This post continues my series on exercises on communications skills.
Do you wish you could get the best advice for you, tailored perfectly to you, at the time you wanted it? This exercise gives you that, in a conversational way that helps build relationships too.
The technique, called feedforward, comes from Marshall Goldsmith — master author, executive coach, and happy, friendly guy. My advice is when his advice applies, use it. His two most recent books, Mojo and What Got You Here Won’t Get You There, were best sellers. He was ranked the 14th most important thinker in business.
His page on feedforward gives all the instructions on how to do it and reasons it works you need. The video below adds more.
I’ll note two reasons (out of his eleven) that stand out particularly for me.
Feedback from others is important for improving yourself. For all it helps, feedback has two main shortcomings. It is only about the past, which you can’t change, and people don’t like to give or receive feedback that could be hurtful. If I ask you for feedback on my presentation and you say three positive things, I don’t know if you had nothing negative to say or you just avoided saying things you thought I might not want to hear.
Feedforward is structured to give you the help you need to improve yourself without hitting the pitfalls feedback does — all the benefit and none of the problems. And you can implement it in a few minutes.
Marshall’s page has the full script for feedforward. My abbreviated script is
- Identify something behavior related you want to improve – e.g., public speaking.
- Identify a person who can help and why they would be helpful – e.g., the person has observed you and others speaking in public.
- Say to him or her: “I’d like to improve my public speaking. You’ve seen me present and others who are great. Can you give me two or three things that could help?”
- Write them down. Clarify if necessary. Do not evaluate.
- “Thank you”
- Optional: ask for accountability.
Steps 1 and 2 are preparatory and you do them on your own. You can pick anything about yourself you want to improve — being on time, sleeping better, reading faster, losing weight, quitting smoking, saving more money, whatever.
Your area of improvement will determine whom to ask. The other person could be someone close to you, whom you trust, a random stranger, a family member, an old teacher, a colleague, your manager, your child, or anyone. You’re only asking a few minutes of their time to give advice, which people enjoy.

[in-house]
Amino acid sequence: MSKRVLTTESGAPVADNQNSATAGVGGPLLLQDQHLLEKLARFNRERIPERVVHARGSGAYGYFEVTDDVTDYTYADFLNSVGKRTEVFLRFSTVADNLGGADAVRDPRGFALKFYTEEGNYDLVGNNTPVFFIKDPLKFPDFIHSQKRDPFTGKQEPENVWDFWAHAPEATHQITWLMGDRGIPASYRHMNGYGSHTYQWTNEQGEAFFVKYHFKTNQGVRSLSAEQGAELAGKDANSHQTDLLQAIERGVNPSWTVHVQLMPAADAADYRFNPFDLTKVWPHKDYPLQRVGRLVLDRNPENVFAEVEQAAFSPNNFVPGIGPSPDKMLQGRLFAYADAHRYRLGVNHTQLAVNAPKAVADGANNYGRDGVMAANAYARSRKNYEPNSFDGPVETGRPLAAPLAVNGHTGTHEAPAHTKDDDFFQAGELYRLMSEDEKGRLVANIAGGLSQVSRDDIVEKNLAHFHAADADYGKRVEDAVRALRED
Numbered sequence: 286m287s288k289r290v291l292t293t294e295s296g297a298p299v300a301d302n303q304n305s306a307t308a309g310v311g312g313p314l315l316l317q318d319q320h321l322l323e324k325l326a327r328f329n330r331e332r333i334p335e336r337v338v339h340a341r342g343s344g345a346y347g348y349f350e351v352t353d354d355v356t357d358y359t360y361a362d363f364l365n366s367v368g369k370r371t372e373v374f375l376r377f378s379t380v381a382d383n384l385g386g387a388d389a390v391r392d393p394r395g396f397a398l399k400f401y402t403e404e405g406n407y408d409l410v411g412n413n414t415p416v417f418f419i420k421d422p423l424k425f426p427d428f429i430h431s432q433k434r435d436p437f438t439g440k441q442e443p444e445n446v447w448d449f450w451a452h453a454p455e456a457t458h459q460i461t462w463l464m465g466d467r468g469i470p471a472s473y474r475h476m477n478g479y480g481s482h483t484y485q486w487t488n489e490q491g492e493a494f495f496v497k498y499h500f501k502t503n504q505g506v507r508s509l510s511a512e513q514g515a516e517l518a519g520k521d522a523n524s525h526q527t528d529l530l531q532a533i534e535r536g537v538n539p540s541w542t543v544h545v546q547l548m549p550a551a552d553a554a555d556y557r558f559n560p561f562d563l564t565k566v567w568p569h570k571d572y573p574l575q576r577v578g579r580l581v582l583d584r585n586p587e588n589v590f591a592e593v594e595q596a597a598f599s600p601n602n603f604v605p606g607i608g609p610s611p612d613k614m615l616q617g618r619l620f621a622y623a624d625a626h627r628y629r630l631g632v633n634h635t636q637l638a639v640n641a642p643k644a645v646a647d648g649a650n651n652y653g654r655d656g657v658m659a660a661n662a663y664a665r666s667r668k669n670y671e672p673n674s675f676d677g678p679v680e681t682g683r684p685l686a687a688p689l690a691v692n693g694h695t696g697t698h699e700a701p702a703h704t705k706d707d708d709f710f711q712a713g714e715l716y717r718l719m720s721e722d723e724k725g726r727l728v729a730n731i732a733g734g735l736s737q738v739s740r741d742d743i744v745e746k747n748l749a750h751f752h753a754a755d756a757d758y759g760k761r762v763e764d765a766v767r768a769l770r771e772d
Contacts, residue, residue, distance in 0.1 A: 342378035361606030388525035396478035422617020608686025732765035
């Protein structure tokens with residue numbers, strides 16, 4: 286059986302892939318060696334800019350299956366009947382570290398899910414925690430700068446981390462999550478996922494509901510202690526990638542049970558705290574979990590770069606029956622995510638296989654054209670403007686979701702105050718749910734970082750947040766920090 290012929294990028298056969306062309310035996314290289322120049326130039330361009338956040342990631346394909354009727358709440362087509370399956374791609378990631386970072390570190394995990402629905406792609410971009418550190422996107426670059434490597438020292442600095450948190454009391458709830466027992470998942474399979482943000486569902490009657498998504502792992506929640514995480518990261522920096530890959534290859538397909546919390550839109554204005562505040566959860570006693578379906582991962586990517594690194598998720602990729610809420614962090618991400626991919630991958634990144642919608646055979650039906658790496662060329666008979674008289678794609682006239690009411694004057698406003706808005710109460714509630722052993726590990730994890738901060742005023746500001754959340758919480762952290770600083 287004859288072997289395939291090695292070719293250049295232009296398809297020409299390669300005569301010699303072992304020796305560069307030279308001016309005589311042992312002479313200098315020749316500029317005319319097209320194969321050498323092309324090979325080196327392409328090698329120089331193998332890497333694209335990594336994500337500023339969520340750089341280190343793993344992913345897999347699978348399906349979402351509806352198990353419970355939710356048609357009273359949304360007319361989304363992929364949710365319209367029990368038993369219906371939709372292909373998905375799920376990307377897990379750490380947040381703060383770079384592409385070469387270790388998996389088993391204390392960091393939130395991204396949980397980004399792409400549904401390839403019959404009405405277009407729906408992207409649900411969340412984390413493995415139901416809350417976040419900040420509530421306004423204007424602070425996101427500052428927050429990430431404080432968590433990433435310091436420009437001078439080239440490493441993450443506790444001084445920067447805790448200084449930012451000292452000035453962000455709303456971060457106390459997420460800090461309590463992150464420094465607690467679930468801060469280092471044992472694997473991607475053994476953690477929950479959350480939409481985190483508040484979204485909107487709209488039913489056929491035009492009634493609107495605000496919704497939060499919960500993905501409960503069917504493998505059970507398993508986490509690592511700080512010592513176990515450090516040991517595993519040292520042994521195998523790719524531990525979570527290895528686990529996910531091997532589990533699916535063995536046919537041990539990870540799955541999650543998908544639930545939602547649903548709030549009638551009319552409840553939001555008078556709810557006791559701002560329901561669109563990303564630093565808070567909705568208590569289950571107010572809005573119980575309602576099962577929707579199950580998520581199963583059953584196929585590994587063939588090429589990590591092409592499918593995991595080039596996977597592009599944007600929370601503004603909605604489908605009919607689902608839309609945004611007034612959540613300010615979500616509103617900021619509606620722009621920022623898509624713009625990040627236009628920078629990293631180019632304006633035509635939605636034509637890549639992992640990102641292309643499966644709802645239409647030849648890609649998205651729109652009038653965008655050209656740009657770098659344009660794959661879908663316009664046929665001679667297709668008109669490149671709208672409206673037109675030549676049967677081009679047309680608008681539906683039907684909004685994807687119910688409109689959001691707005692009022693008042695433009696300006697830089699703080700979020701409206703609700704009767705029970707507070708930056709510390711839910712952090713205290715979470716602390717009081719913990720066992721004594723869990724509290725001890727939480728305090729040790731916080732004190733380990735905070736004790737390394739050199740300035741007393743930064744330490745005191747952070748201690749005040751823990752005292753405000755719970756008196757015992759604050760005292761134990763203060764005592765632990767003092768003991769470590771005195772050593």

Note that the exercise is precise. Unlike the storytelling or meaning connection exercises, where embellishing and following tangents contributes, feedforward doesn’t benefit from deviating from the script.
In particular, steps 4 and 5 avoid judgment. People rarely like being evaluated, especially on a favor they are doing for you. If you say “That’s a great idea” or “Oh, I don’t like that idea,” they’ll recoil from giving you any more ideas. Even if you evaluate one positively, you still implicitly evaluate others negatively.
In step 3 you avoid judgment from them as well. If you phrase your question to be about the past, people will evaluate your past, which is not as helpful as suggestions to improve your future. One great thing about this exercise is that you end up getting the value of the feedback without the discomfort. When I ask people for feedforward about public speaking and three people tell me I should use humor more, I can figure out they don’t think I’m funny, even though they would not likely have told me had I asked.
Asking clarification helps, as does taking notes. Giving them attention and appreciation motivates them to help people in the future, possibly yourself.
Step 6 can be the most important and enduring step. Accountability is how things get done. If someone gives you advice you want to follow, you will increase your likelihood of doing it as well as the quality of your work by asking if you can follow up with them.
For example, if you asked for advice on public speaking and they suggest speaking every chance you get from making a toast at dinner to someone’s eulogy, you might say “Thank you, I would like to follow that advice. I figure I’ll have a couple chances to speak per week. Would it be okay with you if I check in once a week for a few weeks to make sure I’m following your advice? A phone call or email once a week is all I’m asking, though I’d welcome more advice on how I’m doing it.”
Notice I’m not suggesting saying it’s a good or bad idea, which would be evaluative and risk demotivating them from helping.
You will know or can figure out with the other person how to follow up — how frequent, how to interact, for how long, etc.
Finally, this exercise works great in the middle of conflict. Nothing disarms someone mid-argument like saying “I hear what you’re saying. I’d like to improve on that. Can you give me a couple ways I could improve?” Without accusing or admitting right, wrong, good, bad, or evil, you move the argument from evaluating the past to improving the future. You’re listening to them and asking for advice. You are creating a foundation for future change.
You, right here, right now
I recommend starting by watching Marshall’s video and reading his feedforward page for more background. Then start thinking of something you want to improve (step 1) and do your first feedforward.